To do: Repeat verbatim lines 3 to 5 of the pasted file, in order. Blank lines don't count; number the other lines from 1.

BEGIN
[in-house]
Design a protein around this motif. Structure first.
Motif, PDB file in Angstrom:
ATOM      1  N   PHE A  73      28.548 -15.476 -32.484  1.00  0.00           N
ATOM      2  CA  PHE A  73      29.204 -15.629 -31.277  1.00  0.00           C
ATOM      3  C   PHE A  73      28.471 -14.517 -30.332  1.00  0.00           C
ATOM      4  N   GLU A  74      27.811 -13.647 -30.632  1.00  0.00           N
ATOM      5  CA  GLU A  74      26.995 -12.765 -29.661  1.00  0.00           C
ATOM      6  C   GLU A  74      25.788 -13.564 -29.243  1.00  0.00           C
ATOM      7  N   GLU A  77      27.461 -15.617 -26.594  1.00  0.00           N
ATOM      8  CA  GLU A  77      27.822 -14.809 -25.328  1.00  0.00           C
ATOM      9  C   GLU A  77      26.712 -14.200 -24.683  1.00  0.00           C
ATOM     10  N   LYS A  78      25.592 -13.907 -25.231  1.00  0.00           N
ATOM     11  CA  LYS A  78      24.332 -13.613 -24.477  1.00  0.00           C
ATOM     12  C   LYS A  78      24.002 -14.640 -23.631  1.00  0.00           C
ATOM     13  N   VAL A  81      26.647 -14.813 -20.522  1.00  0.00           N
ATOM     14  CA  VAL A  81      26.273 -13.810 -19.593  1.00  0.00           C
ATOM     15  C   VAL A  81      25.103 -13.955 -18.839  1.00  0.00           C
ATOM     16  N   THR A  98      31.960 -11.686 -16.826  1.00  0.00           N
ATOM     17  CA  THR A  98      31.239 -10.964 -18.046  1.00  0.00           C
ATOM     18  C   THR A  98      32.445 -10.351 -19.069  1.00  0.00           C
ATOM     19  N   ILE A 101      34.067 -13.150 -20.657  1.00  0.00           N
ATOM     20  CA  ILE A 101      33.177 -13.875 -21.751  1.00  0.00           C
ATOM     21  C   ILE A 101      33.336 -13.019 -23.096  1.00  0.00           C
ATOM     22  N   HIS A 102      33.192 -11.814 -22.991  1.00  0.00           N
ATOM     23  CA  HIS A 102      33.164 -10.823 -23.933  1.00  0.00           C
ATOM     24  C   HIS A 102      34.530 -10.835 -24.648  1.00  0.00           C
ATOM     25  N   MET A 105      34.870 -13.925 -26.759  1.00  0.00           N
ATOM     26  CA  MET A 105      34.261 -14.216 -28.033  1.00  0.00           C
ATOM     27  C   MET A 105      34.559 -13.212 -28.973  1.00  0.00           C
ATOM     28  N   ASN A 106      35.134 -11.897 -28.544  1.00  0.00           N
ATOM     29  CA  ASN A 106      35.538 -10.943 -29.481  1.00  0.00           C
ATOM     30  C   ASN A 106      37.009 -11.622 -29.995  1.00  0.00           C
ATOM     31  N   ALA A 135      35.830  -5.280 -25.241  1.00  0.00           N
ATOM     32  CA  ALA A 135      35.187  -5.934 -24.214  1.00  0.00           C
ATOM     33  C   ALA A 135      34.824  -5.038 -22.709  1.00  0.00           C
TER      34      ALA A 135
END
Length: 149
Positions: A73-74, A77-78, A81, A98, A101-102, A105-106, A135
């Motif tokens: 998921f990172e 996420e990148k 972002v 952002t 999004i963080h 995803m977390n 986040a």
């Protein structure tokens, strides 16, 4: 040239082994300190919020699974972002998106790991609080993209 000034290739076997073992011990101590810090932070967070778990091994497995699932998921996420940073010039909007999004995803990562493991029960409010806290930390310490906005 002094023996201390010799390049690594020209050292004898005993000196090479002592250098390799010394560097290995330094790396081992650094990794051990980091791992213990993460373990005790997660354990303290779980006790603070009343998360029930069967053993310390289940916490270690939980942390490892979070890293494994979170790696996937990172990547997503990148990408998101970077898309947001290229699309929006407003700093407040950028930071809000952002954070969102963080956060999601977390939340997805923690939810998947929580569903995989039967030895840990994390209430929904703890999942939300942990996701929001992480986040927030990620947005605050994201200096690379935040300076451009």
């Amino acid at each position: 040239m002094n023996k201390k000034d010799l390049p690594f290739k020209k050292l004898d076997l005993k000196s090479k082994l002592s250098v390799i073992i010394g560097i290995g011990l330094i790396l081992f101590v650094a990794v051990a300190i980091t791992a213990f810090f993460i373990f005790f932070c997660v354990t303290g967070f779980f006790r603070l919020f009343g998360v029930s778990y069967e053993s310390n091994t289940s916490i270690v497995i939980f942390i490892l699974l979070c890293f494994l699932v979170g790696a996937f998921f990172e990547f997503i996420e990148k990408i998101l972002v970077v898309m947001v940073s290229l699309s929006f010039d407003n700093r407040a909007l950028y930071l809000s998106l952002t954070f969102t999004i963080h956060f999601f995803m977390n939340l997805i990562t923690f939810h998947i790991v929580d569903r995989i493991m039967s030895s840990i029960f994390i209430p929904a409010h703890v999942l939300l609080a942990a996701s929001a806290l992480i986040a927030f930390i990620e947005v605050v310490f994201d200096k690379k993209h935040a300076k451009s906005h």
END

Motif, PDB file in Angstrom:
ATOM      1  N   PHE A  73      28.548 -15.476 -32.484  1.00  0.00           N
ATOM      2  CA  PHE A  73      29.204 -15.629 -31.277  1.00  0.00           C